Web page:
Identifying these suspect smells on your car

Most vehicles start out with a “new car smell,” but there are other specific odors that motorists should never ignore. Identifying these suspect smells early on can help car owners be car care aware and avoid the hassle and expense of an unexpected breakdown, says the Car Care Council.

“Unusual smells can be the sign of serious, and potentially costly, trouble for your vehicle. By acting quickly and making necessary repairs, you’ll be able to breathe easy knowing there is no harmful damage to your car,” said Rich White, executive director, Car Care Council.

The Car Care Council recommends a sniff test of your vehicle to identify any unusual smells, including the following six warning signs:

1.  The smell of burnt rubber could be slipping drive belts or misplaced loose hoses that might be rubbing against rotating accessory drive pulleys. Do not reach in if the engine compartment is hot.

2.  The smell of hot oil could mean that oil is leaking onto the exhaust system. To verify the leak, look for oil on the pavement or smoke coming from the engine area.

3.  The smell of

Getting an oil change on your car

However, all oil changes are not alike. And whether you do it yourself or have it done for you by a professional, the same rules will apply.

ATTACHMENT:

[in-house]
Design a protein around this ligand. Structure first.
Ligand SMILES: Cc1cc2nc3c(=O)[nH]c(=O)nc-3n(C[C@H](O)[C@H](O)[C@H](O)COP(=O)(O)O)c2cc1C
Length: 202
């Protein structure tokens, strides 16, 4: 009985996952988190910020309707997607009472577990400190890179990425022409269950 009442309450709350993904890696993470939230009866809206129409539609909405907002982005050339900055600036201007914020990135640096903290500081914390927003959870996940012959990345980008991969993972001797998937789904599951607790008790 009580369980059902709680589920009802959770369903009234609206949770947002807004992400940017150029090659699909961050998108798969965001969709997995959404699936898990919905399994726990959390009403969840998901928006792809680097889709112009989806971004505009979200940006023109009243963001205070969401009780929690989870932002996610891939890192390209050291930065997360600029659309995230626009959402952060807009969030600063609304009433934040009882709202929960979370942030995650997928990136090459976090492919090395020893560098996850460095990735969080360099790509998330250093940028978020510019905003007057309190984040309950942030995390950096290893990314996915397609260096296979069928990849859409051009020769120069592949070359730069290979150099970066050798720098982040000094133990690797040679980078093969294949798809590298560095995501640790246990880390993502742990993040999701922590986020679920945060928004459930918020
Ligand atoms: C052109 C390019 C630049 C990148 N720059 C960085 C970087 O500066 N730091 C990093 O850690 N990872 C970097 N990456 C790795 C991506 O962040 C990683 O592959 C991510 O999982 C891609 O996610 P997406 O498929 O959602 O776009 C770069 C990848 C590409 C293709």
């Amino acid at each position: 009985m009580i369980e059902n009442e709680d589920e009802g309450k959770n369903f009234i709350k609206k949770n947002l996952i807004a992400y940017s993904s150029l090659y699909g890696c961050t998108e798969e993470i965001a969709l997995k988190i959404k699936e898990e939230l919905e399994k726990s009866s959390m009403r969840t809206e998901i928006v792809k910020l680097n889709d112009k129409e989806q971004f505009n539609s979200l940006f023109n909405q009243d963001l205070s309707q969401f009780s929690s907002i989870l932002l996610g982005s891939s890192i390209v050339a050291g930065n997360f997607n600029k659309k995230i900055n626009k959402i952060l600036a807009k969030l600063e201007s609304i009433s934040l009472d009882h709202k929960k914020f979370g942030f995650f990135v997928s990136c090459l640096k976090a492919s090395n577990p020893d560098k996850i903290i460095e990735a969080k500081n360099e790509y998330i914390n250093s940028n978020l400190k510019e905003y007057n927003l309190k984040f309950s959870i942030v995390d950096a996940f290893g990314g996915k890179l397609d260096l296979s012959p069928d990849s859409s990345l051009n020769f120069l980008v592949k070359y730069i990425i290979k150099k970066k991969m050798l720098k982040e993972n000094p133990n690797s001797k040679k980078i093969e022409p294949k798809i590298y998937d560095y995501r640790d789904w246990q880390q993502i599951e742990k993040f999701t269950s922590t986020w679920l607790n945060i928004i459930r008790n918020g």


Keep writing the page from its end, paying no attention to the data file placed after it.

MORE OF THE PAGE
So how can you make sure that your vehicle gets the best possible oil change? Simply follow the tips outlined below.

1. Allow your vehicle’s engine to warm up fully. Once an engine is warmed up completely, all the dirt particles and contaminants that settled at the bottom of the oil pan when the engine was off get churned up and suspended in the oil. This will ensure that most of the contaminants get removed when the oil is drained. In other words, they will be drained out with the old oil.

2. Make sure the vehicle is level when the oil is being drained. This enables the old, dirty oil to drain out as completely as possible.

3. Examine the waste oil as it is draining into the pan – look and feel. Look for signs of contamination such as water because with every drain, water will settle at the bottom of the pan. Also, feel for bits of

Simple Car Care Tips

It’s foolhardy to head out in a poorly maintained vehicle in the dead of winter, of course, but even vehicle owners in temperate zones need a car care check as the days grow shorter, note the pros with the nonprofit National Institute for Automotive Service Excellence (ASE), an independent group that tests and certifies the competence of auto technicians.

Regular, routine maintenance can help improve your gasoline mileage, reduce pollution, and catch minor problems before they become big headaches.

ASE offers these car care tips to give you peace of mind during winter driving: